After Sengun adjusts offensively and learns how to be uber productive without post-ups (personally, I’m moderately confident he’ll get there), his next task is even more difficult: how to survive on defense. He’s undersized for a center and doesn’t have the vertical pop to be a rim defender. While a good athlete for his size in a lot of facets, he has slow feet — and that will hinder him when defending forwards out on the perimeter.
If you pick Sengun, you do so hoping that he becomes such an overwhelming offensive force that you can live with his porous defense. I can somewhat buy into that … but I really question whether the Spurs can. Maybe San Antonio picks him because his production is too much to ignore — but I’ll believe it when I see it.
7. Keon Johnson
The Spurs have a reputation of drafting smart, down to earth players who are fundamentally sound — but that rep isn’t totally deserved. There have been numerous times where the Spurs just pick a supreme athlete and hope the chips fall in an advantageous manner. See Luka Samanic, Lonnie Walker IV and even Livio Jean-Charles as examples. Dejounte Murray might be considered another example.
If the Spurs want an athlete, Keon Johnson would be their man. He set a combine record by posting a 48-inch vertical — and that combine athleticism translates completely to real life. He not only jumps high, he jumps with a violent amount of force and power. He’s also quick on his feet and has a strong body despite being only 6-foot-5 and 185 pounds.
Beyond his athleticism, he’s a conscientious defender who plays with a focus not seen in many 19-year-olds. Offensively, I like the elevation he gets on his jumper and his willingness to be a team player.
Why might Johnson slip out of the lottery? The main issue is he’s small for someone who only has rudimentary basketball skills. He will eventually have to be a shooting guard but right now he plays like a power forward.
8. Josh Giddey
Josh Giddey is similar to Sengun. While there are a lot of things to like about this Australian sensation, there are also a lot of things to be scared about.
The good: Giddey is a 6-foot-8 facilitator who has outstanding court vision. He finds open teammates before they’re even open. He also uses his height to find vertical passing lanes that smaller facilitators can’t even see. His height is also useful on defense where he’s already a strong rebounder who has the moxie to mix it up down low when need be.
The scary: Giddey is a subpar athlete. He’s not fast, not quick and doesn’t jump high. His shooting is also worrisome. He shot sub-30% from three and sub-70% from the line in the league down under. Moreover, his form is both slow and ugly.
The hope: Just 18 years old, Giddey has time to build upon his strengths and pave over his weaknesses. While he played point guard in Australia, he has the size to begin his career on the wing. His size also gives him multiple avenues to a successful NBA career. That said, he’ll either need to become a really good shooter or a much better athlete if he wants to stick in the Northern Hemisphere’s top basketball league.
Overall, I see Giddey as a worthwhile gamble as long as you go into the experiment knowing he’s going to be a work in progress for the better part of a decade.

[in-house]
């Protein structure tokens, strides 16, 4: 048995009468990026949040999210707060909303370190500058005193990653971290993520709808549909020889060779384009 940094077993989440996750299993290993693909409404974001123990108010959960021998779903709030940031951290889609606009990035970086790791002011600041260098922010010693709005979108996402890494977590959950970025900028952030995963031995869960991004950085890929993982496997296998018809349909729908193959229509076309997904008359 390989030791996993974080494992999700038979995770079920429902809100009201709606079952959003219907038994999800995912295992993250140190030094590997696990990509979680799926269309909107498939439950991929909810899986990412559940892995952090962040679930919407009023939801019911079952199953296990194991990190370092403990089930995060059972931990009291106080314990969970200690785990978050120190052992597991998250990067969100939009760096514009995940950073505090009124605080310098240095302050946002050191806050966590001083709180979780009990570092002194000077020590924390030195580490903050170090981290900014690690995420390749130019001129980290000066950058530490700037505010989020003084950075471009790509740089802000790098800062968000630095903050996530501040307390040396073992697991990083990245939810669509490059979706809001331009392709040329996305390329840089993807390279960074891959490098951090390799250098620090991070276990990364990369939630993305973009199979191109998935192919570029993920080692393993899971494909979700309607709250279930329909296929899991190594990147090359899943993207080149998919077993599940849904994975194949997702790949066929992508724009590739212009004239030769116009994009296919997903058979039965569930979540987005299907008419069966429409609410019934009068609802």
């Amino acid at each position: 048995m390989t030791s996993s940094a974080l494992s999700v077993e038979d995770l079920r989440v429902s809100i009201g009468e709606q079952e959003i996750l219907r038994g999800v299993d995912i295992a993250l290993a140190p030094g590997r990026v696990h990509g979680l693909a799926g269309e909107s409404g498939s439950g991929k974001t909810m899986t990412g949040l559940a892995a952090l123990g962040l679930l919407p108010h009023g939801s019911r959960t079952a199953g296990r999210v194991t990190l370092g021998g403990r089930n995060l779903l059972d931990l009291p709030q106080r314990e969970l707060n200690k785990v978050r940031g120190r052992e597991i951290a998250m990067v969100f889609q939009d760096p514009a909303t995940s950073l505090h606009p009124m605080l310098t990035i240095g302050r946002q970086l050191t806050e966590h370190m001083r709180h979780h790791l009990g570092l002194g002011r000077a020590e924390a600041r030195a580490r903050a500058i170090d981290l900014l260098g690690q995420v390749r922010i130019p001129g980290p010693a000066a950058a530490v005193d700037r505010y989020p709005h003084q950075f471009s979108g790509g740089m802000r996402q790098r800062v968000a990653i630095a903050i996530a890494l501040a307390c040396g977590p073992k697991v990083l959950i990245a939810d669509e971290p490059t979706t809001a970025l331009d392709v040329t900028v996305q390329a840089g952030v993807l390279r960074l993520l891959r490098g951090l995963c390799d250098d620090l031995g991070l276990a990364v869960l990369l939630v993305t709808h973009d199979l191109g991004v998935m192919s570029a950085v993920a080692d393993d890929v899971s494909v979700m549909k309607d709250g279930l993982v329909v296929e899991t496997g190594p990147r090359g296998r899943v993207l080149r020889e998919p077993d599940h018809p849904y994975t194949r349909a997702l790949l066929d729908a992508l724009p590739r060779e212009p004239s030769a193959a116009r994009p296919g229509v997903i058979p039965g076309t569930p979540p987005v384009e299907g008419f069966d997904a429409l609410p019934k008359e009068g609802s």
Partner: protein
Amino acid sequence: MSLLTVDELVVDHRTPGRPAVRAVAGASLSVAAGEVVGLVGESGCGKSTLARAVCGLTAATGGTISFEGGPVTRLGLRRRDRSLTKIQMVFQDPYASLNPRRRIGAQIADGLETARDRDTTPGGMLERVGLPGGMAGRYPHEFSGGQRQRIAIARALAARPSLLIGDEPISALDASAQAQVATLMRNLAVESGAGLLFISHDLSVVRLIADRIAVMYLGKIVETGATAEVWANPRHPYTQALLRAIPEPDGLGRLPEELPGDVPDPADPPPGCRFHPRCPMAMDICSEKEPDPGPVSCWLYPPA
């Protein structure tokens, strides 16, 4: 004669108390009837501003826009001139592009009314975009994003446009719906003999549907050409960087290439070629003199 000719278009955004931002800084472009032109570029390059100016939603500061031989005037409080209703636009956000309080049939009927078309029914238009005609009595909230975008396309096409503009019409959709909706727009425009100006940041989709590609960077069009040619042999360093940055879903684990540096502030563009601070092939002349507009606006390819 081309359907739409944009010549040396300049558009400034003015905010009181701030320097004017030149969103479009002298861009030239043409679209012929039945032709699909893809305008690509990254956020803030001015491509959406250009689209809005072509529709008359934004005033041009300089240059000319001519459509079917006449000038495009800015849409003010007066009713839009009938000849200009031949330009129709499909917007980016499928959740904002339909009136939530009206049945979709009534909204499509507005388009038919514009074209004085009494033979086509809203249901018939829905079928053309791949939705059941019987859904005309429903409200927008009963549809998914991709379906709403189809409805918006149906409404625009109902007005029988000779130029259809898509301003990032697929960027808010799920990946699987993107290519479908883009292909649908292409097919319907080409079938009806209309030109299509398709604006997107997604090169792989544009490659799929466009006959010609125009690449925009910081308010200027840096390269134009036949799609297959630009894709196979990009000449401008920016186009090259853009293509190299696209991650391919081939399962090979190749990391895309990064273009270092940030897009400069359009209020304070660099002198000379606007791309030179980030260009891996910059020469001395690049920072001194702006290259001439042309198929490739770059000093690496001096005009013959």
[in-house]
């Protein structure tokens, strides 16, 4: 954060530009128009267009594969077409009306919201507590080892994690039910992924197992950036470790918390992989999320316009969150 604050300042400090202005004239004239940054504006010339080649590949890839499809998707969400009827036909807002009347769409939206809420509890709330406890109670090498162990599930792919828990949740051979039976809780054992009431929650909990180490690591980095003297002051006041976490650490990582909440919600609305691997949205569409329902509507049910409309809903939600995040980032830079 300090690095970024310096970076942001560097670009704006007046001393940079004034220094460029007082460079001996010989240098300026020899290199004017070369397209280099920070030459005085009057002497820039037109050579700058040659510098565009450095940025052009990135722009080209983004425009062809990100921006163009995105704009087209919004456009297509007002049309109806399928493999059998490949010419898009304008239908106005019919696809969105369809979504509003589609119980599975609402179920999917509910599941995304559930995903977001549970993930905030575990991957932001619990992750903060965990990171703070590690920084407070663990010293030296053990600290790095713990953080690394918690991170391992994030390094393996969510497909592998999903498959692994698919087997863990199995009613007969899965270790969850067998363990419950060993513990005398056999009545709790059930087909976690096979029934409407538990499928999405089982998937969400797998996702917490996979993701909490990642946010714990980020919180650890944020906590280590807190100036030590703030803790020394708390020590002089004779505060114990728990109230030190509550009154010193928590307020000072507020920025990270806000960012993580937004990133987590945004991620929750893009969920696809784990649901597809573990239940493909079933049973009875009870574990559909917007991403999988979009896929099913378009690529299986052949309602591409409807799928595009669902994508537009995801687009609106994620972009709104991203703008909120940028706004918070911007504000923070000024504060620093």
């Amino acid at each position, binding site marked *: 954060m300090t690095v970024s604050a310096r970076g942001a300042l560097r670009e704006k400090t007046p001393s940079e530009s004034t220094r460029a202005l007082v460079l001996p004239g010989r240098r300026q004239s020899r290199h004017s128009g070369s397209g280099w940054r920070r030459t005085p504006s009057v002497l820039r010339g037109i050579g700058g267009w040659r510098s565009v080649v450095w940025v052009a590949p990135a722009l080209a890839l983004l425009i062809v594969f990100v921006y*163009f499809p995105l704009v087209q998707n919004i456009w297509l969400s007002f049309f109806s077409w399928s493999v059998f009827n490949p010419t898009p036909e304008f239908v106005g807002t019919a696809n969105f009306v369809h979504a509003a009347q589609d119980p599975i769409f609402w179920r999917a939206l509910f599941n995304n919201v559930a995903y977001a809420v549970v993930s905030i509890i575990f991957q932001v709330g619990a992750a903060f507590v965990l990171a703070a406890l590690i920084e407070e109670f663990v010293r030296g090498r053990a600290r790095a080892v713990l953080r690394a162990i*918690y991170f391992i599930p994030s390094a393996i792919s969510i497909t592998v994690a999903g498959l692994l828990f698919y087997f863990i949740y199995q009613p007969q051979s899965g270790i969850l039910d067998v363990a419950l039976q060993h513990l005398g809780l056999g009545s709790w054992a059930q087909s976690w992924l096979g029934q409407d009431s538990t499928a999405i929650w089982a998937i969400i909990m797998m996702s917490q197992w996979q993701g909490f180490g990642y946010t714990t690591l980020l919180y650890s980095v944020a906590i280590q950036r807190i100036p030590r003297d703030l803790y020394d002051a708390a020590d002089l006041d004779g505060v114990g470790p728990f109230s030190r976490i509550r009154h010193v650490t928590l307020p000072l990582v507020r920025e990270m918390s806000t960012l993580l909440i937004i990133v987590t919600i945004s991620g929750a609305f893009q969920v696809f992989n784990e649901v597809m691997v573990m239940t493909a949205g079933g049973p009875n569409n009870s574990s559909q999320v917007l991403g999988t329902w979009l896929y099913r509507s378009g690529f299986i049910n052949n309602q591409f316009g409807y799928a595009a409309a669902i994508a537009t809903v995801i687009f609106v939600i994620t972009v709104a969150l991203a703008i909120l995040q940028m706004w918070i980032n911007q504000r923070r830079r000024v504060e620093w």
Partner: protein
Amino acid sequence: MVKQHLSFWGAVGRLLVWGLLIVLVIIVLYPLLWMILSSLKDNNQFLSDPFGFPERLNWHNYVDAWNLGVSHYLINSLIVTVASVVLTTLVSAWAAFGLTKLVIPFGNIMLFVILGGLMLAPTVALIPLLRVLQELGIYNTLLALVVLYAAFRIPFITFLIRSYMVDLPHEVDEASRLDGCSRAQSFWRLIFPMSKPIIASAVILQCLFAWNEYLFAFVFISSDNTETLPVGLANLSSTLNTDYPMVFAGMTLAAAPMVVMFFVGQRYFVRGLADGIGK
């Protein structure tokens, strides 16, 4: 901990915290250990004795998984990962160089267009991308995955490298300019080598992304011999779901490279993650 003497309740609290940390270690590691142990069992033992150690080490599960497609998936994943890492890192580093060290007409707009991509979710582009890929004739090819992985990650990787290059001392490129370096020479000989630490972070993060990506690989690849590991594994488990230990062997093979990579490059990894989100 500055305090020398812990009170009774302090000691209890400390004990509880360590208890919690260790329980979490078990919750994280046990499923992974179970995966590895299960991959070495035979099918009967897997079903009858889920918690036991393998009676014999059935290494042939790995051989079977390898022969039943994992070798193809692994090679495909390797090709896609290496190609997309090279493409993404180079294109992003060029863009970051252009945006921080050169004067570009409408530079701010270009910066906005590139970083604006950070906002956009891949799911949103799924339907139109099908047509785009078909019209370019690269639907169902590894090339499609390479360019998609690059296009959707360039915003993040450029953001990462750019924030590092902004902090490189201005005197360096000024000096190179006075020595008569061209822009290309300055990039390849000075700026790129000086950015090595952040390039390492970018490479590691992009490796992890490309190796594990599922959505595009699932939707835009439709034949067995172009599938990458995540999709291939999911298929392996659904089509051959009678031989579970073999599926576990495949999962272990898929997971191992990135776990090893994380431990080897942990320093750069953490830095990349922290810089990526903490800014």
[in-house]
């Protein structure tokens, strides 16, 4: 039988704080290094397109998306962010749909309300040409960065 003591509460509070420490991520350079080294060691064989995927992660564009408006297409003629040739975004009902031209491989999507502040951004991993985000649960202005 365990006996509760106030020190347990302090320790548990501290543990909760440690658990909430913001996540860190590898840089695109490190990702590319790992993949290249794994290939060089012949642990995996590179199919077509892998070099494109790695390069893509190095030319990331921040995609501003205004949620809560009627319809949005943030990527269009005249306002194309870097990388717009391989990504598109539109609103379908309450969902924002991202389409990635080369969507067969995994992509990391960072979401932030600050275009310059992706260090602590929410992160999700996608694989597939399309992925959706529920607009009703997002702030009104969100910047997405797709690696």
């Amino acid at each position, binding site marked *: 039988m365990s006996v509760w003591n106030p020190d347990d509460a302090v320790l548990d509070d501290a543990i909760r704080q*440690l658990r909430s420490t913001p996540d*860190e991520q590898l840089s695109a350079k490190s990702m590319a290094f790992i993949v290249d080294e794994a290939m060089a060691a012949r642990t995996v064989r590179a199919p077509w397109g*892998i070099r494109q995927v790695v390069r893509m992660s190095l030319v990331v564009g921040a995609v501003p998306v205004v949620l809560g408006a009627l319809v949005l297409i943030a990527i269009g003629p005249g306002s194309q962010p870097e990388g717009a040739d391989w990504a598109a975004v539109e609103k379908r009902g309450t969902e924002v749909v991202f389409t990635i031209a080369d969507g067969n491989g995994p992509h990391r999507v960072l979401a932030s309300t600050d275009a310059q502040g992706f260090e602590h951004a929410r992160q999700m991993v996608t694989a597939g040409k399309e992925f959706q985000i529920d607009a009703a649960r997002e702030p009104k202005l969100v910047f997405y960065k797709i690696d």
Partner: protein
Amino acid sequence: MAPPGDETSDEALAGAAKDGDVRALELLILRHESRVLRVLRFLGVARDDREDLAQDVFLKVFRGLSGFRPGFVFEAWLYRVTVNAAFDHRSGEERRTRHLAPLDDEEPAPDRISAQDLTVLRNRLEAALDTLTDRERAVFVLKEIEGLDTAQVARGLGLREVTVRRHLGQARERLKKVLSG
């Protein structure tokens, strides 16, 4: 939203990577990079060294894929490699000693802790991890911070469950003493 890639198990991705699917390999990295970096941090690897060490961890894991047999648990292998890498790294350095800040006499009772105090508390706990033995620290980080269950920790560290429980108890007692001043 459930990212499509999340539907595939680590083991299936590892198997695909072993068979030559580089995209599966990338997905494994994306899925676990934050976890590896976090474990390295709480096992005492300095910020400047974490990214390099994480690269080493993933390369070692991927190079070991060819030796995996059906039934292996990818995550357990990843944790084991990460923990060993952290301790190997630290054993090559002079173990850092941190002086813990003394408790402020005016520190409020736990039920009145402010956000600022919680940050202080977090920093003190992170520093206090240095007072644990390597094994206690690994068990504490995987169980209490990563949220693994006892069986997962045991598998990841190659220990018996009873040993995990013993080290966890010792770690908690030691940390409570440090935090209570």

9. Chris Duarte
Drafting a 24-year-old in the lottery would require chutzpah. Most franchises just wouldn’t do it; too old and it’d open the door to criticism too wide. But the Spurs have never been timid about bucking draft trends. For that reason, I wouldn’t be too blown away if San Antonio picks Chris Duarte at 12.
Sure, he’s a few weeks away from being wheeled into a nursing home but that’s just about the only downside to Duarte. If you ignore his prehistoric birth certificate, he looks like a marvelous prospect. A competitive 6-foot-6 perimeter player, he has a picture-perfect shooting stroke, enough athleticism to finish above the rim, innate passing instincts and can be relied upon to make heady decisions. He also brings that same fire to the defensive end. Add it up and Duarte is an extremely efficient player who appears to be ready to suit up and play in an NBA game beginning tomorrow. It’s even possible that he’s a starting level player right out of the chute.
He’s old but that’s primarily due to his circuitous path to becoming an NBA prospect. Duarte came to America from the Dominican Republic as a high schooler and then had to go the junior college route before ending up at Oregon. He’s one of those guys who has had to fight for every inch along the way in his basketball journey — and that tends to count for something to the Spurs.
Realistically, Duarte’s true range probably starts at around 14. But if the Spurs jump the gun to draft a 24-year-old no one thought they would draft, don’t be too surprised.
10. Jonathan Kuminga
Once upon a time, Jonathan Kuminga was regarded as a possible No. 1 overall pick. Not that long ago, he appeared to be a lock for the top five. But with each passing day, Kuminga’s stock seems to drop.
Teams are starting to wonder about his commitment to the game. When playing in the G League bubble, Kuminga was slow to pick up schemes and coaches had a difficult time keeping him tuned in. Some scouts are so worried with what they see that they believe his most likely role in the NBA is as a killer of coaches and general managers who succumb to the siren song of his potential.
Even if those worries are justified, I’d still like the Spurs to pick him if Kuminga plummets all the way to 12. Yeah, he might never amount to anything — but he has the body, athleticism and coordination of a star. He’s a 6-foot-8 wing who oozes talent from his pores. He flashes elite potential on both ends of the court. Besides, he’s only 18 years old so his immaturity shouldn’t be a deal-breaker.
I think it’s really unlikely that Kuminga falls to 12 … but if he does, I think it should be an easy selection for the Spurs.